Thursday, November 8, 2018

Blast from the Past Movie Review: Indiana Jones and the Temple of Doom (1984)

Here's a flashback for you. Once upon a time in East Cobb there was a store called Zany Brainy, which was basically an educational toy super-store. And once upon a time, the first movie I remember purchasing for myself (as opposed to asking someone to buy it for me) was Indiana Jones and the Temple of Doom. Which I bought on VHS. Yes, it was that long ago.

This was when I was in middle school probably, since Zany Brainy folded in 2001 and this was well before it closed. I remember watching it several times, but it's been many, many years since I saw it. And so when Myopia: Defend Your Childhood did its poll and Indiana Jones won for the November series month, I was ready to review and enjoy. Here's the podcast.

And now for the review...

The Plot

Archaeologist and adventurer Indiana Jones (Harrison Ford) begins this adventure in Shanghai in 1935, cutting a deal with Chinese gangster Lao Che (Roy Chiao) for a diamond. Lao tries to backstab him as one might expect, and he flees Shanghai with singer Willie Scott (Kate Capshaw) and his Chinese orphan helper Short Round (Jonathan Ke Quan)...aboard a plane owned by Lao Che.

Lao Che's men abandon the plane in the Himalayas--still in the air--forcing our heroes to land it themselves (for a certain value of "land") in India, where they find themselves facing off against a murderous cult. Who will lose their beating hearts or their everlasting souls to the dreaded Kali-Ma? Only one way to find out...

The Good

*Once we get beyond the annoyingly-long showgirl number, the opening sequence is quite a lot of fun. And it stays fun for around twenty minutes. Gunfights, car chases, a plane crash. Never boring. The movie in general is very fast-paced and quite a lot of fun.

*The acting is generally good. Kate Capshaw is good as Willie, while Amish Puri does scary-intense well as the sinister Mola Ram.

*The depiction of the British Raj's political system is accurate. Around 1/3 of British India was ruled by Indian princes who were once Britain's allies but were eventually reduced to vassalage. Nominally independent royal courts subject to British inspection is something you'd see. You'd also see British-educated Indian officials like the young raja's prime minister.

*However annoying Willie is, seeing Indiana troll her is always good for a laugh. The extended "five minutes" scene stands out as particularly funny.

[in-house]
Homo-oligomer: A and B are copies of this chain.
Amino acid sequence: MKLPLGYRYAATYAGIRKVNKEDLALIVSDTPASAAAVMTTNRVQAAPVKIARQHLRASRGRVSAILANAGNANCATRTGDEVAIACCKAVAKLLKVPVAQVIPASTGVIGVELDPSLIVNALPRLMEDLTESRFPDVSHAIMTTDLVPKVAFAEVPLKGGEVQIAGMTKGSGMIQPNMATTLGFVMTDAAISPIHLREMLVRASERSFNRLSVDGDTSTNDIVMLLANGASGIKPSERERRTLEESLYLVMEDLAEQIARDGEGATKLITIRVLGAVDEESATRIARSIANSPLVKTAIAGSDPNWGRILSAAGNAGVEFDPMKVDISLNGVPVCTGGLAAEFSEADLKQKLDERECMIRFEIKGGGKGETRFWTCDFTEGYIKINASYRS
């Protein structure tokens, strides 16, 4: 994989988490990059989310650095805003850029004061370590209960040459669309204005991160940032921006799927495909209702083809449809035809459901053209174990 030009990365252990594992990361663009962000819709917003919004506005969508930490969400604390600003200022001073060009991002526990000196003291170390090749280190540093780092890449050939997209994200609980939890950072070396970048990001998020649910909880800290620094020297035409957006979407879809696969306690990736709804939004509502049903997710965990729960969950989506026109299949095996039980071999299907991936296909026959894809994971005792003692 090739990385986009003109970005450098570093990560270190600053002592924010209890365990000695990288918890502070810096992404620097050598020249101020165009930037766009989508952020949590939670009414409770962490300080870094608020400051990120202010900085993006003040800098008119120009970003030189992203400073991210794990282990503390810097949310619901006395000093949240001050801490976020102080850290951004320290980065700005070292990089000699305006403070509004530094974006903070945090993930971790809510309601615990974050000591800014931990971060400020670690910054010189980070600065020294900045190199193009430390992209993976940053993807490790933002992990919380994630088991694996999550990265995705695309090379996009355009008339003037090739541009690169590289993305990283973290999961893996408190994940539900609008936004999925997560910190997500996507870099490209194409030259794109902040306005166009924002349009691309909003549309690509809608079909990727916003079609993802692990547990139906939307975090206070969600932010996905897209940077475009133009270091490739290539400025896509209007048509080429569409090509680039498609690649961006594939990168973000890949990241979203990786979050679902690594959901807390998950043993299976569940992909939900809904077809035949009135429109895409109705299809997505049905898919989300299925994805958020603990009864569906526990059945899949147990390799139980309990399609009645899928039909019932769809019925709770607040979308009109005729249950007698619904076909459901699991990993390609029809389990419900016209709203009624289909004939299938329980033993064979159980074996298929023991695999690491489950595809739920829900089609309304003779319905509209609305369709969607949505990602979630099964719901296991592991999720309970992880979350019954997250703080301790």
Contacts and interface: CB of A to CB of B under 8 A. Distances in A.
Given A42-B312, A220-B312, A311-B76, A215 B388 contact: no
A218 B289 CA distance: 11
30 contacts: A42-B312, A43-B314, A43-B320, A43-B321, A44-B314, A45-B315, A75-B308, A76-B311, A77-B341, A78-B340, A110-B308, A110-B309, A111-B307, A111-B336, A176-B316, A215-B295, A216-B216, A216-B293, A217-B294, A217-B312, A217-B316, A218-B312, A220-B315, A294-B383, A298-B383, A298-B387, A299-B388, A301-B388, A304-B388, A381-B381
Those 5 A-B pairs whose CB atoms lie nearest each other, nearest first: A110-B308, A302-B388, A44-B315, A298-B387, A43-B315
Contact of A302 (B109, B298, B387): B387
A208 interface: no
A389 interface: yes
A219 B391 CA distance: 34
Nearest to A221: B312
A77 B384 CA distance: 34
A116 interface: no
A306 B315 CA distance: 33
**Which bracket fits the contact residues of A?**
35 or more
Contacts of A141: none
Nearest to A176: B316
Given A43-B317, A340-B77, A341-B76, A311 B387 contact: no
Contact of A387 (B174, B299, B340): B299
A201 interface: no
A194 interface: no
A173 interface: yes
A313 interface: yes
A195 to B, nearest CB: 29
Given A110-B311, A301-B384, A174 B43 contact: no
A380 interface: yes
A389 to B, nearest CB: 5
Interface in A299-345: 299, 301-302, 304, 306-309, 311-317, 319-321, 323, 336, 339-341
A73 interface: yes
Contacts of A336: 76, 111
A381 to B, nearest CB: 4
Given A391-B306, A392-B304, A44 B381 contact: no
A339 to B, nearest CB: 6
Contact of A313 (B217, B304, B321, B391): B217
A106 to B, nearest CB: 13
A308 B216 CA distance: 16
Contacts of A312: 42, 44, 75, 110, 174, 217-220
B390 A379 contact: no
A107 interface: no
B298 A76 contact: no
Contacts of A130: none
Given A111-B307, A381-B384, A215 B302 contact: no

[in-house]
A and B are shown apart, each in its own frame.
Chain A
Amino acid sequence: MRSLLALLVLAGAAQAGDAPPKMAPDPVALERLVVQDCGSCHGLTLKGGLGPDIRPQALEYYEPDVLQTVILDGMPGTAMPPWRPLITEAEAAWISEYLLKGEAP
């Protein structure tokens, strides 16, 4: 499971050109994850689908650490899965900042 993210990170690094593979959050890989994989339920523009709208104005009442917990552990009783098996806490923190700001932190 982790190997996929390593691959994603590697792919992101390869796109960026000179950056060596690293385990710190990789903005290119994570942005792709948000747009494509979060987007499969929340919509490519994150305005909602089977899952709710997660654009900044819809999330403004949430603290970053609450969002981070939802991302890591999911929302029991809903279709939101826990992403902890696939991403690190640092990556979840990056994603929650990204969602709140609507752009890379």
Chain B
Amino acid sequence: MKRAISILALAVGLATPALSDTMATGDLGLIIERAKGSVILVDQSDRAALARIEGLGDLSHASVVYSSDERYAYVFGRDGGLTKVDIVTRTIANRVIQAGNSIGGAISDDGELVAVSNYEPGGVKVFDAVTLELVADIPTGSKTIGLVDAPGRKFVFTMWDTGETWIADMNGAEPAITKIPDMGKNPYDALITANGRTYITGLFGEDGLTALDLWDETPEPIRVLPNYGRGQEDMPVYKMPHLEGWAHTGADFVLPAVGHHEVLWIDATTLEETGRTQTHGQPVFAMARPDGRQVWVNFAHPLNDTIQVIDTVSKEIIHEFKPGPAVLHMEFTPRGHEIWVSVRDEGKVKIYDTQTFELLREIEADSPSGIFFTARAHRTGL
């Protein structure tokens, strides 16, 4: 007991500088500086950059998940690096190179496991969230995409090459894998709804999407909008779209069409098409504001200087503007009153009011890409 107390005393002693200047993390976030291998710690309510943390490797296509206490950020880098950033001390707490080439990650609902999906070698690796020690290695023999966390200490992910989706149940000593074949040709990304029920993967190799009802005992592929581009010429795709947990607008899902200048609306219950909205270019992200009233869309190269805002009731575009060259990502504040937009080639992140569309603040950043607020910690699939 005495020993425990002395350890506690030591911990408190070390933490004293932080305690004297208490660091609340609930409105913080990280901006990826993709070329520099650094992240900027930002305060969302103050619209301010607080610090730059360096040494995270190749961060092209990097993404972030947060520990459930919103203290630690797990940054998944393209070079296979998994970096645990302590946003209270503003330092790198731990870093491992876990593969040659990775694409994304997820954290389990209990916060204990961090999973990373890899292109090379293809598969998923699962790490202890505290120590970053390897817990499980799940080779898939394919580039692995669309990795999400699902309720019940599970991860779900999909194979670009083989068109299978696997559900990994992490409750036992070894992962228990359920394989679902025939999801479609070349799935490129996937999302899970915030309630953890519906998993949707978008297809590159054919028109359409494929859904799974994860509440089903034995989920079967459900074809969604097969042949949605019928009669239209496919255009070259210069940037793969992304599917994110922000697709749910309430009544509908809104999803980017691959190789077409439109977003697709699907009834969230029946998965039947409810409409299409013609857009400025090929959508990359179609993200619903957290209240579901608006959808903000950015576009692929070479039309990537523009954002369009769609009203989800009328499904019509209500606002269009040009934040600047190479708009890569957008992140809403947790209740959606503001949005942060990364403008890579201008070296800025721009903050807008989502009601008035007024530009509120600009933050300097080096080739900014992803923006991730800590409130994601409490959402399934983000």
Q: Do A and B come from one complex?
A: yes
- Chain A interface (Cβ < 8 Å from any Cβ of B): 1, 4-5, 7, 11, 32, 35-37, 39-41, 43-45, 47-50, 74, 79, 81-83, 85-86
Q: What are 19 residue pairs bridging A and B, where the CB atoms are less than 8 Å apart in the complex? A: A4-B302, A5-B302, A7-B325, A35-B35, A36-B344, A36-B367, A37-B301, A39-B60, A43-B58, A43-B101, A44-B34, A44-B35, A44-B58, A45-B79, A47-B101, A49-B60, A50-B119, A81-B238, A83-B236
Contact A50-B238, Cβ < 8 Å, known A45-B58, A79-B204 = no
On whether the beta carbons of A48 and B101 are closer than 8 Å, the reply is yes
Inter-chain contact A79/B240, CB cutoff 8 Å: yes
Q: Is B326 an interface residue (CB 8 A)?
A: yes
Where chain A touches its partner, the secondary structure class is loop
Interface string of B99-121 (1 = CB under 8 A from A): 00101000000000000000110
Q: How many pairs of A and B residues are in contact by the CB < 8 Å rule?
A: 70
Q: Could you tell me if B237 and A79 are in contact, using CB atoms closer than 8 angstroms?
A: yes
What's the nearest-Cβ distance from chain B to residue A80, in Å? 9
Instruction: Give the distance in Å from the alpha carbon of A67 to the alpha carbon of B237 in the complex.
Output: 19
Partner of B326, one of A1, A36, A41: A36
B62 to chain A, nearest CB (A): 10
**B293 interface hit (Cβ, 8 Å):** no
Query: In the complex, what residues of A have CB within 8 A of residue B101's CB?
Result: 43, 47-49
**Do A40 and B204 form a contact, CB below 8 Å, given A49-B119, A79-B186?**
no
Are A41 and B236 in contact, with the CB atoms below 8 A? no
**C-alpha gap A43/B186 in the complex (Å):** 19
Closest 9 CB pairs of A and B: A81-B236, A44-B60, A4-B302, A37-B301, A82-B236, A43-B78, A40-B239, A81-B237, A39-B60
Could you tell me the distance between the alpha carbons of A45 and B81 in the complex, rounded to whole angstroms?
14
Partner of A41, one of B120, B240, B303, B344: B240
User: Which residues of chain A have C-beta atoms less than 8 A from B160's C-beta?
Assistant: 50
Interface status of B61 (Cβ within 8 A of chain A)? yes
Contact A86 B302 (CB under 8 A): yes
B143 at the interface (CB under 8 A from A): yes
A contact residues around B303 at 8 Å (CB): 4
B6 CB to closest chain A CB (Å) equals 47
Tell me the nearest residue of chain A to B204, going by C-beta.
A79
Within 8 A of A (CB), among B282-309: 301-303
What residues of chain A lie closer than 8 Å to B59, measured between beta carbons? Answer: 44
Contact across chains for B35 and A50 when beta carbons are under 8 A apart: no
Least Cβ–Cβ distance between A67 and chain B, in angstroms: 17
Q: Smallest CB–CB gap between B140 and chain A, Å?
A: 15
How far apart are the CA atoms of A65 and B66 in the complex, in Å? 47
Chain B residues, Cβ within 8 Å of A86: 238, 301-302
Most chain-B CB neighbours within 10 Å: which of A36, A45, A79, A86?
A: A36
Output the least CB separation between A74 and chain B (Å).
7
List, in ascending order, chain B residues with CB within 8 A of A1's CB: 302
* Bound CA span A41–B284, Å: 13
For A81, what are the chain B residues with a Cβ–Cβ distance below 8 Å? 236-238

*There are some very impressive set-pieces, like the hidden temple of Kali and the gigantic idol therein and the mines.

*Although this isn't strictly part of the movie, it did inspire one of my favorite sequences of Family Guy, in which Stewie is enslaved in It's a Small World.

The Bad

*I really didn't like the opening several minutes. We don't see Indiana Jones movies for the showgirl sequences, and we had to suffer through a three-minute-long dance number whose whole purpose is to introduce Willie and the situation with Lao Che. At the very least they could have axed the second dance number and kept the first, or showed Indiana coming into the club when the music starts and watching it (and Willie).

*Willie is incredibly high-maintenance and annoying. Raiders of the Lost Ark love interest Marion was pretty cool and Elsa from The Last Crusade has some complexity, but Willie just got on my nerves. As Indiana explains to Short Round, the problem with her is the noise, and she makes quite a lot of it. Fortunately the events of Indiana Jones and the Kingdom of the Crystal Skull showed that Indiana had better taste in the long run.

Nic sent me this Family Guy video that mocks how obnoxious Willie is, although in Kate Capshaw's defense, she only got involved with Spielberg AFTER getting the part.

*I can understand why the government of India got so pissy about the movie that they banned it (they also got pissy about Clone High and got it removed from MTV--shame on India for hyping up how they're the largest democracy while engaging in petty censorship) when we see the villagers cringing before Indiana and friends. This is improved somewhat when it's revealed that the village priest believes they've been sent by the god Shiva to save their children and sacred stone (i.e. they're sacred-by-association), but the optics are very White Savior-y. And then there's the dinner sequence that has to be seen to be believed. :)

*There are a bunch of obvious callbacks to Raiders, like a big minion who gives Indiana a run for his money in hand-to-hand combat and a flight through a tunnel chased by an oncoming natural feature. Could be a little more original.

*Can any of the villains actually hit what they're shooting at? Even though the fact this is a prequel undermines the suspense, if Indiana or any of the other heroic characters get winged or injured but not killed (maybe an arrow in a limb that doesn't damage anything vital but slows them down or causes lots of pain), it might up the suspense a bit. Hell, one reason I liked Valkyrie so much is that even though I knew the coup against Hitler would fail, there's a big chunk of the movie where it looks like it actually worked.

*For someone who is at least nominally a Christian, a character gets rather indignant about some practitioners of Thuggee having "betrayed Shiva."

The Verdict

9.0 out of 10. Quite a lot of fun.

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